New guidance has been produced jointly by the Family Justice Council (FJC) and British Psychological Society (BPS) on psychologists as expert witnesses in the family courts; it is essential reading for family lawyers. In this webinar Dr Liz Gillett, Family Justice Council member and co-chair of working group that produced the report, will take you through the key elements of the guidance.
Psychologists may be instructed in the family courts when their expertise is necessary to make decisions in the case. Whether in public or private law proceedings comprehensive assessments may be required that include developmental, psychological, social, relational and neuropsychological issues in complex situations. With psychologists’ work covering a wide range of work, such as behavioural and emotional functioning; mental capacity; personality type; substance misuse and/addiction; psychological impact of trauma and/or abuse, it can be a challenge for lawyers to know how to understand and manage the process of involving psychological experts.
You will learn:
- The background to the need for the new guidance
- The essentials of role of psychologists as experts
- The regulatory framework including understanding protected titles
- The typical training and expertise of different psychological professionals
- The amount of work likely to be involved in particular assessments and reports
- Discipline specific information in relation to regulation, codes of conduct, competencies, supervision/peer review and quality of service.
- A practical guide to instructing and working with psychological professionals
Dr Gillett is a Clinical Psychologist (HCPC Registered Practitioner) who specialises in working with complex families with a lifelong interest in working with children and adults with learning disabilities and looked after children. Dr Gillett acts regularly as an Expert Witness in Family Court proceedings across England, Wales and the Channel Islands as well as undertaking assessments outside of the court arena for care and treatment planning purposes. Dr Gillett held clinical and management positions within the NHS and voluntary sector organisations prior to becoming independent 10 years ago, when she established and became the Director of the Phoenix Psychology Group, a large independent psychological practice in the Midlands.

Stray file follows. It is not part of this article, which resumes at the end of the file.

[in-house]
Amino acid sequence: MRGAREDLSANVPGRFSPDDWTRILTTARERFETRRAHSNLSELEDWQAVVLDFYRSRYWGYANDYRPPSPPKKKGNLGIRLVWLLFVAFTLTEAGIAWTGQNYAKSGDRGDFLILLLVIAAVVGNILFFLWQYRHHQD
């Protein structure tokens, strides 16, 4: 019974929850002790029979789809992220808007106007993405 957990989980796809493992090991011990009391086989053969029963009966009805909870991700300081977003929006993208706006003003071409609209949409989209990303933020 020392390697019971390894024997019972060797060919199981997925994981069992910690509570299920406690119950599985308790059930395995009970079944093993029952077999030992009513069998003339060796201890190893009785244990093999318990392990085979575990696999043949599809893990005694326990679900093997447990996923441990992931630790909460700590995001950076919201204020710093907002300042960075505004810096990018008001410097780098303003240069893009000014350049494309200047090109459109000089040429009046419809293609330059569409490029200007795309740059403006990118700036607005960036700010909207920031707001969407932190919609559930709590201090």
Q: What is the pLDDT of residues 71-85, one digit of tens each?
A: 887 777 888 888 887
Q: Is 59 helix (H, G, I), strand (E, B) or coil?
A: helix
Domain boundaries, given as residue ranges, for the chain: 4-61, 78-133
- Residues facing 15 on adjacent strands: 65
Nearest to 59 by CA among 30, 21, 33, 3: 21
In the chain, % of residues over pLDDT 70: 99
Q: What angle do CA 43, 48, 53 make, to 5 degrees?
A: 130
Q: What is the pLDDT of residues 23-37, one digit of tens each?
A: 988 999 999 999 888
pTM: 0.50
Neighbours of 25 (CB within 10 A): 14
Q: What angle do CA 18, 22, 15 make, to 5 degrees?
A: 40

Dr Gillett is in the process of passing on the baton of being the Mental Health Specialist on the Family Justice Council (FJC), having served since 2008. Dr Gillett contributed to the BPS guidance on assessing parents with a learning disability (2011) as well as being the Chair of the Steering Groups for two DfE research papers (Decision Making Within a Child's Timeframe, Ward and Brown 2012; Assessing Parental Capacity to Change when children are on the edge of Care, Ward et al 2014). Since 2007 Dr Gillett has regularly presented and / or run workshops at local and national Family Justice Council events as well as those run by the Judicial College, ALC and Resolution, amongst others.